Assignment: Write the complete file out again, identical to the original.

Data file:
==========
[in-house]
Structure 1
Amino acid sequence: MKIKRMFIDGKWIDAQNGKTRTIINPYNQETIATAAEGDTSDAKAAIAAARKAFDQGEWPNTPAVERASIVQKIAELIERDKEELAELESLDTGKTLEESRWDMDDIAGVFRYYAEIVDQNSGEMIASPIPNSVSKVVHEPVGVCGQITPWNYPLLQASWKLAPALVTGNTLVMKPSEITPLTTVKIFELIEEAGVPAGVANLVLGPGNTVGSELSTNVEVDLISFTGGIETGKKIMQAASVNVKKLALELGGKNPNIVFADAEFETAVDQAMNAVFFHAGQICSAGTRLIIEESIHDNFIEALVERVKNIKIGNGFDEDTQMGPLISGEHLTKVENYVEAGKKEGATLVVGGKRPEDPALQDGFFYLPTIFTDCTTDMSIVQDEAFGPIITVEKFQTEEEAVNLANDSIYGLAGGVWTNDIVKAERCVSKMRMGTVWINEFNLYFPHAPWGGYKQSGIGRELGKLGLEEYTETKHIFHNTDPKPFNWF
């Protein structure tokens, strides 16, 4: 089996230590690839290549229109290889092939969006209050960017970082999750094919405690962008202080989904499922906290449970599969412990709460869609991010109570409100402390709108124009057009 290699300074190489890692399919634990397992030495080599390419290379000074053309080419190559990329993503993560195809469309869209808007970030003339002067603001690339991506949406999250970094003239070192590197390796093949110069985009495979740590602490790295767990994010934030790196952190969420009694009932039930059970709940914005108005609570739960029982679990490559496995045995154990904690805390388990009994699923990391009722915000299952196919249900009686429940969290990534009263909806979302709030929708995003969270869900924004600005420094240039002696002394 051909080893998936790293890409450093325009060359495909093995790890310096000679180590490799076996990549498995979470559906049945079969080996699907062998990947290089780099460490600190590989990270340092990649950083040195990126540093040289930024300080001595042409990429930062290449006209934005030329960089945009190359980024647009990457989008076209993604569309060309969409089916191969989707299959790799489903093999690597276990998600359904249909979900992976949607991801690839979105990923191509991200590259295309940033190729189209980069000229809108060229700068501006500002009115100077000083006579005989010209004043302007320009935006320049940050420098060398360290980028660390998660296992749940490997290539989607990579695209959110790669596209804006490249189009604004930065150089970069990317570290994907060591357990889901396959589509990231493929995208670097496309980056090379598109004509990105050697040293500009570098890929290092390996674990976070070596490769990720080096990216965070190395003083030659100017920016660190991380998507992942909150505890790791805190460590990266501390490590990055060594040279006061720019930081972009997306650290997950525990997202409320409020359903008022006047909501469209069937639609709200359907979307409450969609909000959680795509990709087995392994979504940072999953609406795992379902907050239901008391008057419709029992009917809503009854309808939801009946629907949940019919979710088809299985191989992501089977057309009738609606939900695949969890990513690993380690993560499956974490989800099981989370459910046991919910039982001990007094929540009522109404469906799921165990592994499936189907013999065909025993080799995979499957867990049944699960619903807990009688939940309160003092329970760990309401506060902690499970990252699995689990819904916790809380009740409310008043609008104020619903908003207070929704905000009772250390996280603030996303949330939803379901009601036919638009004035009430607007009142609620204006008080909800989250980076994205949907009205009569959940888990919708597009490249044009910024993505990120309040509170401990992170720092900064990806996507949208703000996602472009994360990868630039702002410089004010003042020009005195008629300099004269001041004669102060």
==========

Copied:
[in-house]
Structure 1
Amino acid sequence: MKIKRMFIDGKWIDAQNGKTRTIINPYNQETIATAAEGDTSDAKAAIAAARKAFDQGEWPNTPAVERASIVQKIAELIERDKEELAELESLDTGKTLEESRWDMDDIAGVFRYYAEIVDQNSGEMIASPIPNSVSKVVHEPVGVCGQITPWNYPLLQASWKLAPALVTGNTLVMKPSEITPLTTVKIFELIEEAGVPAGVANLVLGPGNTVGSELSTNVEVDLISFTGGIETGKKIMQAASVNVKKLALELGGKNPNIVFADAEFETAVDQAMNAVFFHAGQICSAGTRLIIEESIHDNFIEALVERVKNIKIGNGFDEDTQMGPLISGEHLTKVENYVEAGKKEGATLVVGGKRPEDPALQDGFFYLPTIFTDCTTDMSIVQDEAFGPIITVEKFQTEEEAVNLANDSIYGLAGGVWTNDIVKAERCVSKMRMGTVWINEFNLYFPHAPWGGYKQSGIGRELGKLGLEEYTETKHIFHNTDPKPFNWF
């Protein structure tokens, strides 16, 4: 089996230590690839290549229109290889092939969006209050960017970082999750094919405690962008202080989904499922906290449970599969412990709460869609991010109570409100402390709108124009057009 290699300074190489890692399919634990397992030495080599390419290379000074053309080419190559990329993503993560195809469309869209808007970030003339002067603001690339991506949406999250970094003239070192590197390796093949110069985009495979740590602490790295767990994010934030790196952190969420009694009932039930059970709940914005108005609570739960029982679990490559496995045995154990904690805390388990009994699923990391009722915000299952196919249900009686429940969290990534009263909806979302709030929708995003969270869900924004600005420094240039002696002394 051909080893998936790293890409450093325009060359495909093995790890310096000679180590490799076996990549498995979470559906049945079969080996699907062998990947290089780099460490600190590989990270340092990649950083040195990126540093040289930024300080001595042409990429930062290449006209934005030329960089945009190359980024647009990457989008076209993604569309060309969409089916191969989707299959790799489903093999690597276990998600359904249909979900992976949607991801690839979105990923191509991200590259295309940033190729189209980069000229809108060229700068501006500002009115100077000083006579005989010209004043302007320009935006320049940050420098060398360290980028660390998660296992749940490997290539989607990579695209959110790669596209804006490249189009604004930065150089970069990317570290994907060591357990889901396959589509990231493929995208670097496309980056090379598109004509990105050697040293500009570098890929290092390996674990976070070596490769990720080096990216965070190395003083030659100017920016660190991380998507992942909150505890790791805190460590990266501390490590990055060594040279006061720019930081972009997306650290997950525990997202409320409020359903008022006047909501469209069937639609709200359907979307409450969609909000959680795509990709087995392994979504940072999953609406795992379902907050239901008391008057419709029992009917809503009854309808939801009946629907949940019919979710088809299985191989992501089977057309009738609606939900695949969890990513690993380690993560499956974490989800099981989370459910046991919910039982001990007094929540009522109404469906799921165990592994499936189907013999065909025993080799995979499957867990049944699960619903807990009688939940309160003092329970760990309401506060902690499970990252699995689990819904916790809380009740409310008043609008104020619903908003207070929704905000009772250390996280603030996303949330939803379901009601036919638009004035009430607007009142609620204006008080909800989250980076994205949907009205009569959940888990919708597009490249044009910024993505990120309040509170401990992170720092900064990806996507949208703000996602472009994360990868630039702002410089004010003042020009005195008629300099004269001041004669102060």